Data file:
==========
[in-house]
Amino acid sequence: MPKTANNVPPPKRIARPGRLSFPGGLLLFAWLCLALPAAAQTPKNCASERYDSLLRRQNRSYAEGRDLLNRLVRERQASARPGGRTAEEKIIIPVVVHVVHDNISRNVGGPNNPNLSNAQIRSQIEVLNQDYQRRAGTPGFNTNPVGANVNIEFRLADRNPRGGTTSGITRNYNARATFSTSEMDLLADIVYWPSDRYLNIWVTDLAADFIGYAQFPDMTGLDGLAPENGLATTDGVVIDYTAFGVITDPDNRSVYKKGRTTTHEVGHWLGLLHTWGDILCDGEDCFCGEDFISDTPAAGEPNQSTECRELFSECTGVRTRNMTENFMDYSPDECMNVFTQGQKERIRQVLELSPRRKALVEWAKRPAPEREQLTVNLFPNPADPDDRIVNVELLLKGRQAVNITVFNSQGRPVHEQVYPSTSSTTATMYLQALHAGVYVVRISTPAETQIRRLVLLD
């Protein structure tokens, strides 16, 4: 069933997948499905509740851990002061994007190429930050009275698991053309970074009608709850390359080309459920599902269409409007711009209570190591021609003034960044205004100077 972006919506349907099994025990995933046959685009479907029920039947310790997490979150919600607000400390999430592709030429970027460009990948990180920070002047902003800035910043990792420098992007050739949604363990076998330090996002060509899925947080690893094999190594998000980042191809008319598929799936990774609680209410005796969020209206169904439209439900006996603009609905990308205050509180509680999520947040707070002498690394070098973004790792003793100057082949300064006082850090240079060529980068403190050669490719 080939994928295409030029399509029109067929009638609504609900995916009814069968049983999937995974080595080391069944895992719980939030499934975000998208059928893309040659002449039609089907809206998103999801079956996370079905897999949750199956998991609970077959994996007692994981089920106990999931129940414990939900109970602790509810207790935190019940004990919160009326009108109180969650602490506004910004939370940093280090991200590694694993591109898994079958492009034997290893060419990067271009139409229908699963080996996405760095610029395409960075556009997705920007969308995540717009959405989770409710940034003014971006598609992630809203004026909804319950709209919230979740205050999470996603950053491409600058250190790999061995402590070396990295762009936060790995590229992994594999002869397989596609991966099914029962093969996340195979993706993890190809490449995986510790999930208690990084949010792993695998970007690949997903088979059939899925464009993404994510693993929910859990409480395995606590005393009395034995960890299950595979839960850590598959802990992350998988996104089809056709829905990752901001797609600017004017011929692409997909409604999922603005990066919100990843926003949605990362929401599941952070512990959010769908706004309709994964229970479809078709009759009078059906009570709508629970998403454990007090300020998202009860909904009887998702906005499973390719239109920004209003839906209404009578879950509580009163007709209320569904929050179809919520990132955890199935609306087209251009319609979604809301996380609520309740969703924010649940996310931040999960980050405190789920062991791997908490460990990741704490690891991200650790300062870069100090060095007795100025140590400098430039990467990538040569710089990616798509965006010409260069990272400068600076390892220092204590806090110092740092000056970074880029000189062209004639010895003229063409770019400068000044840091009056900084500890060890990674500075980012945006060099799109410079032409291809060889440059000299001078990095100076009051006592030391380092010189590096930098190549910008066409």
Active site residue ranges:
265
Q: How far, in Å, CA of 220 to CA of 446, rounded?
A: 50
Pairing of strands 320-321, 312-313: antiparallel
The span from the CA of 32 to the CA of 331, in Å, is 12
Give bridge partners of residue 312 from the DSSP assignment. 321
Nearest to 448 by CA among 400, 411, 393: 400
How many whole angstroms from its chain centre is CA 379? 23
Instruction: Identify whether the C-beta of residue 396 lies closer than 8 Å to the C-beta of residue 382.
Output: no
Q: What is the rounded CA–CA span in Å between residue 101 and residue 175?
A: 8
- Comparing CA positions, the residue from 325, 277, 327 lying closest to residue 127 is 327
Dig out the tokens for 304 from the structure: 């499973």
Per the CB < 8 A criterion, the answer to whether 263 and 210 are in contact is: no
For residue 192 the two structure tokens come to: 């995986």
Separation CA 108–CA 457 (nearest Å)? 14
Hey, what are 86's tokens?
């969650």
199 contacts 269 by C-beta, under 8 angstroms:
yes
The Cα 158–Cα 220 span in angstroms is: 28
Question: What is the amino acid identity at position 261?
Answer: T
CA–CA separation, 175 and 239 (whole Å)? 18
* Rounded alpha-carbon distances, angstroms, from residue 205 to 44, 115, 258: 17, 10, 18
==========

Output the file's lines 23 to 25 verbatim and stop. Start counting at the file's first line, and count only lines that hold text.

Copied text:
């969650």
199 contacts 269 by C-beta, under 8 angstroms:
yes